(Almost) any hull form moving through water will see hydrodynamic forces acting upon it to cause movement in a direction that is not aligned with the parallel axis of the boat. The crazier the hull, the more you'll see evidence of these forces. A modern nuclear boat... pretty small. An old fleet boat, or a fantasy boat like the Nautilus from 20,000 Leagues or the SeaView?... oh yeah! Big time!.
Without planes to counteract these forces, no amount of precision trimming via your ballast system will be able to keep the boat at a stable depth. Additionally, ballast system can rarely react quickly enough to counteract these forces. That's where the planes come in. The other thing the planes do is allow for pitch control of the boat, giving you the ability to "crash" dive or surface quickly, or counteract these off-balancing forces that want to pitch the boat off its center line.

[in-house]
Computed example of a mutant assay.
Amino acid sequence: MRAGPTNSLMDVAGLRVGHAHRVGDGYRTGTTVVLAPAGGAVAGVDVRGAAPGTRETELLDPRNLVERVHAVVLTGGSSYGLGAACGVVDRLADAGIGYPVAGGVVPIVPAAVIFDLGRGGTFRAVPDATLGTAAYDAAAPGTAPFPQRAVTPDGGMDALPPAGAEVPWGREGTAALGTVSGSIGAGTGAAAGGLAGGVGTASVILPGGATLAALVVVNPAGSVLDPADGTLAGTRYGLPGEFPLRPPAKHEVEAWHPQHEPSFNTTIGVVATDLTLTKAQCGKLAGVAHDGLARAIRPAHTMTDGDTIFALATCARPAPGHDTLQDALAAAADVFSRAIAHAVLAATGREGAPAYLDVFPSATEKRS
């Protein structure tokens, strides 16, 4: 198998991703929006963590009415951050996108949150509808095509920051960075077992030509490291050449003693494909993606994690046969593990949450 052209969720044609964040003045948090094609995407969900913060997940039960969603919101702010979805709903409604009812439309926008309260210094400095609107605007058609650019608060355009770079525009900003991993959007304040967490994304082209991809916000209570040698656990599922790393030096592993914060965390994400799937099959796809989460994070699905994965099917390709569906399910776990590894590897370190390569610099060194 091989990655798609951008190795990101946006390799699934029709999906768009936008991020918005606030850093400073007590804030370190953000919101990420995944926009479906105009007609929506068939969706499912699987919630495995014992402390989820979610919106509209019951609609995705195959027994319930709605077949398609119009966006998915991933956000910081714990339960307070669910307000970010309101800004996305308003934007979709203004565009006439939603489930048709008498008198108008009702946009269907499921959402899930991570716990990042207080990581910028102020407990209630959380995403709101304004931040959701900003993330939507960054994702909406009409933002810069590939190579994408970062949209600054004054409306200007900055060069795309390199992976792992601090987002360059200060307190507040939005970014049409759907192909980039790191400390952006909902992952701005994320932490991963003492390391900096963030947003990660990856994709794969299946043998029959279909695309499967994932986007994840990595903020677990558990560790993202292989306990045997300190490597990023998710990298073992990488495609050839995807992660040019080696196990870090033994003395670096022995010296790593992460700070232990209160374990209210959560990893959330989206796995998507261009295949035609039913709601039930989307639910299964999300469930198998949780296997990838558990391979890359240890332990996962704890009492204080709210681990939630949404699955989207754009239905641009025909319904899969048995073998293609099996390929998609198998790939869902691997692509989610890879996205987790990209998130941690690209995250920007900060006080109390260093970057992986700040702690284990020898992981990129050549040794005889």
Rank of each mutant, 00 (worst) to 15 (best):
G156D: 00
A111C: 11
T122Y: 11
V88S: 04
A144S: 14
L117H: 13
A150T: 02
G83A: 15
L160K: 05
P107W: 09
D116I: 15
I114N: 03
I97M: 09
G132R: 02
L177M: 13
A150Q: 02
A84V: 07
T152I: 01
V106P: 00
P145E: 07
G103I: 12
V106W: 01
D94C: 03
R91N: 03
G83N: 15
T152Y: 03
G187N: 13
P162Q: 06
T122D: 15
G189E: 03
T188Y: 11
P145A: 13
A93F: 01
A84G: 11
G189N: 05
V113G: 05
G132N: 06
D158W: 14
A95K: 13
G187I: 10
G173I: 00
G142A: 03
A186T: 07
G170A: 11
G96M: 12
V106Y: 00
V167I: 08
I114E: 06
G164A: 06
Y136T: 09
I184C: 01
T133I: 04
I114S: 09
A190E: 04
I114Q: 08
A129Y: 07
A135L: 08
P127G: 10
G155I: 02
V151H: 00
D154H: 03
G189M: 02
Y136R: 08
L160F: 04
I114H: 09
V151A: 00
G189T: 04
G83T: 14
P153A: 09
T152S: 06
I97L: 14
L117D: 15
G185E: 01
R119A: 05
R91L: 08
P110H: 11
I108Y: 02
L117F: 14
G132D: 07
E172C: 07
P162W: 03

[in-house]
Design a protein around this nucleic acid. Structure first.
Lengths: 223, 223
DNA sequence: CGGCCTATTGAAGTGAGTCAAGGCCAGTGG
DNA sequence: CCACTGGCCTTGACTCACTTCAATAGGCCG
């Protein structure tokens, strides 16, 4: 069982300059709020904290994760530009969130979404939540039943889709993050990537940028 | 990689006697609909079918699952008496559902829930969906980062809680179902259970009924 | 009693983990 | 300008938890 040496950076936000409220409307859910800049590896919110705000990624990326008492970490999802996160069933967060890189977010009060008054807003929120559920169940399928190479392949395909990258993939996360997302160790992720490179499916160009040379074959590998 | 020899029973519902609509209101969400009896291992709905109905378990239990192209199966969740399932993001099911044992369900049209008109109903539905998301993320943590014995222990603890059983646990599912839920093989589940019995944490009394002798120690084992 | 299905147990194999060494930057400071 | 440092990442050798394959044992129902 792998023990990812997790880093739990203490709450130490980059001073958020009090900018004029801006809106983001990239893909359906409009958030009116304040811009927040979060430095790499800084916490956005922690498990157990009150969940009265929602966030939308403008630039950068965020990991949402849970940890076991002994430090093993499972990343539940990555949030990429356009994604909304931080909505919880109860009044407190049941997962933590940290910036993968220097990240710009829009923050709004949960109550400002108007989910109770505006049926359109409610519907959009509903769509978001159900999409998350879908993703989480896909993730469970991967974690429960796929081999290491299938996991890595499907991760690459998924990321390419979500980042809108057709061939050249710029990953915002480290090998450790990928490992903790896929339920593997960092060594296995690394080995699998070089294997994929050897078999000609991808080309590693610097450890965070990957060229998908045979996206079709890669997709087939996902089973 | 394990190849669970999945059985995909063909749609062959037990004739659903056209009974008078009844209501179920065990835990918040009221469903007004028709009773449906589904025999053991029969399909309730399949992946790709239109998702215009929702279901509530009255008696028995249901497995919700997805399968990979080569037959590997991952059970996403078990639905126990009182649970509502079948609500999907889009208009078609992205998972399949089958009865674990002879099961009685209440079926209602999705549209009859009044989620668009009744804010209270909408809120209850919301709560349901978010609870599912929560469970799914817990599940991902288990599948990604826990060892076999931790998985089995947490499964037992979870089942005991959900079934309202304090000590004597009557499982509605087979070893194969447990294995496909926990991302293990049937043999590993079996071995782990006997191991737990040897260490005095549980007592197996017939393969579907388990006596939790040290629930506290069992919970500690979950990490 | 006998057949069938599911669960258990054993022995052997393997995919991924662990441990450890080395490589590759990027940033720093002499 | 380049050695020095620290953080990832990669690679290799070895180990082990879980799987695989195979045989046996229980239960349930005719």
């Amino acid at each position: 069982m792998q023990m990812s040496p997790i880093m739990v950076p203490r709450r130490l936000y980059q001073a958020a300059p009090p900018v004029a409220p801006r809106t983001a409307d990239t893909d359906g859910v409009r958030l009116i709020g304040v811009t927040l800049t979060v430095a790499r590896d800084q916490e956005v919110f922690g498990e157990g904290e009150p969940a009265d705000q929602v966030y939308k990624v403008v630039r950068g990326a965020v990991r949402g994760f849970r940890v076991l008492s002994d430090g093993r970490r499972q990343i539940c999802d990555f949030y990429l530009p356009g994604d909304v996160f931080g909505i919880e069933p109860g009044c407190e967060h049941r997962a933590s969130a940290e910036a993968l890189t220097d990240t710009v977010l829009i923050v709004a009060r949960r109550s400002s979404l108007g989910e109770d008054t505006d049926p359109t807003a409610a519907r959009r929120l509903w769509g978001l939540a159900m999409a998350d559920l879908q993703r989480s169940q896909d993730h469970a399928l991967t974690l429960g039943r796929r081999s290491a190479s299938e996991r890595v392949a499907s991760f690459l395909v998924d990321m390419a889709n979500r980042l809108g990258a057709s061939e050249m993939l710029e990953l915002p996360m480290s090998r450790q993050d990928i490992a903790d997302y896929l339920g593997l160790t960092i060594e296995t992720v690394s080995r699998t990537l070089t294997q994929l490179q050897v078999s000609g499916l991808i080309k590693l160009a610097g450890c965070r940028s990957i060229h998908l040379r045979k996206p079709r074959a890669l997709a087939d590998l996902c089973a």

A nicely trimmed boat, tanks vented to neutral buoyancy, and with some decent control surfaces to effect change, is a beautiful thing to operate. Get your trim wrong or have insufficient surface area or throw on your planes and it can be like wrestling a snake...